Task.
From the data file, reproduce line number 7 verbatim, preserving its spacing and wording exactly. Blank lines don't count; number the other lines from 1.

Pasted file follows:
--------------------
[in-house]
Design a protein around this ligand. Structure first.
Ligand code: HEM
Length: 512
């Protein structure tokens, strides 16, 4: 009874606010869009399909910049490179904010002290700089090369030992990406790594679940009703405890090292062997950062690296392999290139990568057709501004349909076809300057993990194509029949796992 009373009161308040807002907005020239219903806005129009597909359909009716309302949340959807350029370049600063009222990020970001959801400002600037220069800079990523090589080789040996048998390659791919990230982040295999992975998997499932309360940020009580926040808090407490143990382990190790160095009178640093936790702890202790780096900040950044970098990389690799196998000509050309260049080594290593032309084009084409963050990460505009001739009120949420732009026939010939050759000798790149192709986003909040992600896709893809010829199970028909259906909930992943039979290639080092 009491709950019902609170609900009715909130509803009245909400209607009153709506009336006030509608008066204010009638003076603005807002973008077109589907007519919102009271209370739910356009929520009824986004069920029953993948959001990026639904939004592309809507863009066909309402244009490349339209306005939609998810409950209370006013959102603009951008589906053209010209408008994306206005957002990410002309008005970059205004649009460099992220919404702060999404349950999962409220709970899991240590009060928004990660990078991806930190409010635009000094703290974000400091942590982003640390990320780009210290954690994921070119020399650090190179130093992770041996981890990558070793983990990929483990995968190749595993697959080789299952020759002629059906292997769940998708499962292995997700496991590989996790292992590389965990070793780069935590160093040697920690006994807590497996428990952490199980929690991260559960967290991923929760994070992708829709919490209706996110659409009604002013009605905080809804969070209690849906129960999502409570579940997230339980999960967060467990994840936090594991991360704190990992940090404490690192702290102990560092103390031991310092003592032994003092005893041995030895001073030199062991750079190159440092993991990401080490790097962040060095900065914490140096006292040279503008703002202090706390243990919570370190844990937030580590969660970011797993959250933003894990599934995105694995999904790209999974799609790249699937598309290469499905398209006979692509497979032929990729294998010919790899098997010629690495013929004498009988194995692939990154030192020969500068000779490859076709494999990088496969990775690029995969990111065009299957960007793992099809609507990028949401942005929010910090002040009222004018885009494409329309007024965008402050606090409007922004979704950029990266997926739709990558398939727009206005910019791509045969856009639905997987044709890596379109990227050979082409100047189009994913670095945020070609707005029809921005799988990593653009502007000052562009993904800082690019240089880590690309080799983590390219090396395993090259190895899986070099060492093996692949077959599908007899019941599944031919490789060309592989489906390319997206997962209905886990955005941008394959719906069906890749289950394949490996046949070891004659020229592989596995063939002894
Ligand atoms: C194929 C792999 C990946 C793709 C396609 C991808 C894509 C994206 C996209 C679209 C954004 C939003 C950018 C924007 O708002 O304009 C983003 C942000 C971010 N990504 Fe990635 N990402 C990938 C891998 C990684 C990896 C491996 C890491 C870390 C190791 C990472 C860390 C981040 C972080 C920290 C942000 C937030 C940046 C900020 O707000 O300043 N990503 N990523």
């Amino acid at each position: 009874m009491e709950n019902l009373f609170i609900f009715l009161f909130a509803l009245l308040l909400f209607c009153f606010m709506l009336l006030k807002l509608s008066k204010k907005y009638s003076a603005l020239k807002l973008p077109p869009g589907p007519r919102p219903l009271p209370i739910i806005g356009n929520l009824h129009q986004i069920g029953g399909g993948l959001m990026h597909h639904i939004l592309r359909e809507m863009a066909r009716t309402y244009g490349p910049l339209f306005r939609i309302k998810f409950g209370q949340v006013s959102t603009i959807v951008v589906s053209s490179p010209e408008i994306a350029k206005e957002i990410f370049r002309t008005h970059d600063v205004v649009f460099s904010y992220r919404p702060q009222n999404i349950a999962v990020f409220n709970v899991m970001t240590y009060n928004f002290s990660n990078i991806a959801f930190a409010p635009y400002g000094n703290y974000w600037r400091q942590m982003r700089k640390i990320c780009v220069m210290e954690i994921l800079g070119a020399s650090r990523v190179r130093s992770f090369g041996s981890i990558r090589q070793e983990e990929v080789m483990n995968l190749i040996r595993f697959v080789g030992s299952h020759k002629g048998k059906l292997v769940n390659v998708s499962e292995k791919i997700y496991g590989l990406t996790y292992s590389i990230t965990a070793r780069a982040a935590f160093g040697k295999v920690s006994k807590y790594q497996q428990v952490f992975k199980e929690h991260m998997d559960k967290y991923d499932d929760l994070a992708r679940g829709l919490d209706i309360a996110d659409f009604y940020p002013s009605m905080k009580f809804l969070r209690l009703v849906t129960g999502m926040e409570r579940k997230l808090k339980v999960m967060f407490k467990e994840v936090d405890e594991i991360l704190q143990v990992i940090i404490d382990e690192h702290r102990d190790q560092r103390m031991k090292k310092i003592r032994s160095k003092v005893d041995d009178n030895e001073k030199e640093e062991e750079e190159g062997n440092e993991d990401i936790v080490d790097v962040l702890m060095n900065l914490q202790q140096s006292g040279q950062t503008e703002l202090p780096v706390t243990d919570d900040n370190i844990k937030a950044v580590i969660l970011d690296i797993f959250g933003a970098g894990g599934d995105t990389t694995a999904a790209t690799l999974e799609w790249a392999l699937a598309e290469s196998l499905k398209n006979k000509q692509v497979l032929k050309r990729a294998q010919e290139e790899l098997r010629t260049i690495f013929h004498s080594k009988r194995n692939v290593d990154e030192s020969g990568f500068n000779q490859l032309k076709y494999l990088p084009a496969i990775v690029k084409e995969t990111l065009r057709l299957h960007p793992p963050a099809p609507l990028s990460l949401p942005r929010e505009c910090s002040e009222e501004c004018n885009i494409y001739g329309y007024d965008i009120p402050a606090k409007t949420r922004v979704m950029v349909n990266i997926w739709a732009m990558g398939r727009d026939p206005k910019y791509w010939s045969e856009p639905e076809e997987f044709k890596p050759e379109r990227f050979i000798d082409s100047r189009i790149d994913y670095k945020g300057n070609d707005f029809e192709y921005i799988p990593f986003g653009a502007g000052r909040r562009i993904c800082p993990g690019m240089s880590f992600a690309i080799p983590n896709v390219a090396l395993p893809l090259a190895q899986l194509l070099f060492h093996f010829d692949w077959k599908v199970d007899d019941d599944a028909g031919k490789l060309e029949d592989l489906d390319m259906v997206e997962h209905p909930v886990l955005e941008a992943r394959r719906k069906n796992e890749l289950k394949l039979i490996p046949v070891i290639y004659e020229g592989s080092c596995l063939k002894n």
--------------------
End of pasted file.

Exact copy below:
């Amino acid at each position: 009874m009491e709950n019902l009373f609170i609900f009715l009161f909130a509803l009245l308040l909400f209607c009153f606010m709506l009336l006030k807002l509608s008066k204010k907005y009638s003076a603005l020239k807002l973008p077109p869009g589907p007519r919102p219903l009271p209370i739910i806005g356009n929520l009824h129009q986004i069920g029953g399909g993948l959001m990026h597909h639904i939004l592309r359909e809507m863009a066909r009716t309402y244009g490349p910049l339209f306005r939609i309302k998810f409950g209370q949340v006013s959102t603009i959807v951008v589906s053209s490179p010209e408008i994306a350029k206005e957002i990410f370049r002309t008005h970059d600063v205004v649009f460099s904010y992220r919404p702060q009222n999404i349950a999962v990020f409220n709970v899991m970001t240590y009060n928004f002290s990660n990078i991806a959801f930190a409010p635009y400002g000094n703290y974000w600037r400091q942590m982003r700089k640390i990320c780009v220069m210290e954690i994921l800079g070119a020399s650090r990523v190179r130093s992770f090369g041996s981890i990558r090589q070793e983990e990929v080789m483990n995968l190749i040996r595993f697959v080789g030992s299952h020759k002629g048998k059906l292997v769940n390659v998708s499962e292995k791919i997700y496991g590989l990406t996790y292992s590389i990230t965990a070793r780069a982040a935590f160093g040697k295999v920690s006994k807590y790594q497996q428990v952490f992975k199980e929690h991260m998997d559960k967290y991923d499932d929760l994070a992708r679940g829709l919490d209706i309360a996110d659409f009604y940020p002013s009605m905080k009580f809804l969070r209690l009703v849906t129960g999502m926040e409570r579940k997230l808090k339980v999960m967060f407490k467990e994840v936090d405890e594991i991360l704190q143990v990992i940090i404490d382990e690192h702290r102990d190790q560092r103390m031991k090292k310092i003592r032994s160095k003092v005893d041995d009178n030895e001073k030199e640093e062991e750079e190159g062997n440092e993991d990401i936790v080490d790097v962040l702890m060095n900065l914490q202790q140096s006292g040279q950062t503008e703002l202090p780096v706390t243990d919570d900040n370190i844990k937030a950044v580590i969660l970011d690296i797993f959250g933003a970098g894990g599934d995105t990389t694995a999904a790209t690799l999974e799609w790249a392999l699937a598309e290469s196998l499905k398209n006979k000509q692509v497979l032929k050309r990729a294998q010919e290139e790899l098997r010629t260049i690495f013929h004498s080594k009988r194995n692939v290593d990154e030192s020969g990568f500068n000779q490859l032309k076709y494999l990088p084009a496969i990775v690029k084409e995969t990111l065009r057709l299957h960007p793992p963050a099809p609507l990028s990460l949401p942005r929010e505009c910090s002040e009222e501004c004018n885009i494409y001739g329309y007024d965008i009120p402050a606090k409007t949420r922004v979704m950029v349909n990266i997926w739709a732009m990558g398939r727009d026939p206005k910019y791509w010939s045969e856009p639905e076809e997987f044709k890596p050759e379109r990227f050979i000798d082409s100047r189009i790149d994913y670095k945020g300057n070609d707005f029809e192709y921005i799988p990593f986003g653009a502007g000052r909040r562009i993904c800082p993990g690019m240089s880590f992600a690309i080799p983590n896709v390219a090396l395993p893809l090259a190895q899986l194509l070099f060492h093996f010829d692949w077959k599908v199970d007899d019941d599944a028909g031919k490789l060309e029949d592989l489906d390319m259906v997206e997962h209905p909930v886990l955005e941008a992943r394959r719906k069906n796992e890749l289950k394949l039979i490996p046949v070891i290639y004659e020229g592989s080092c596995l063939k002894n």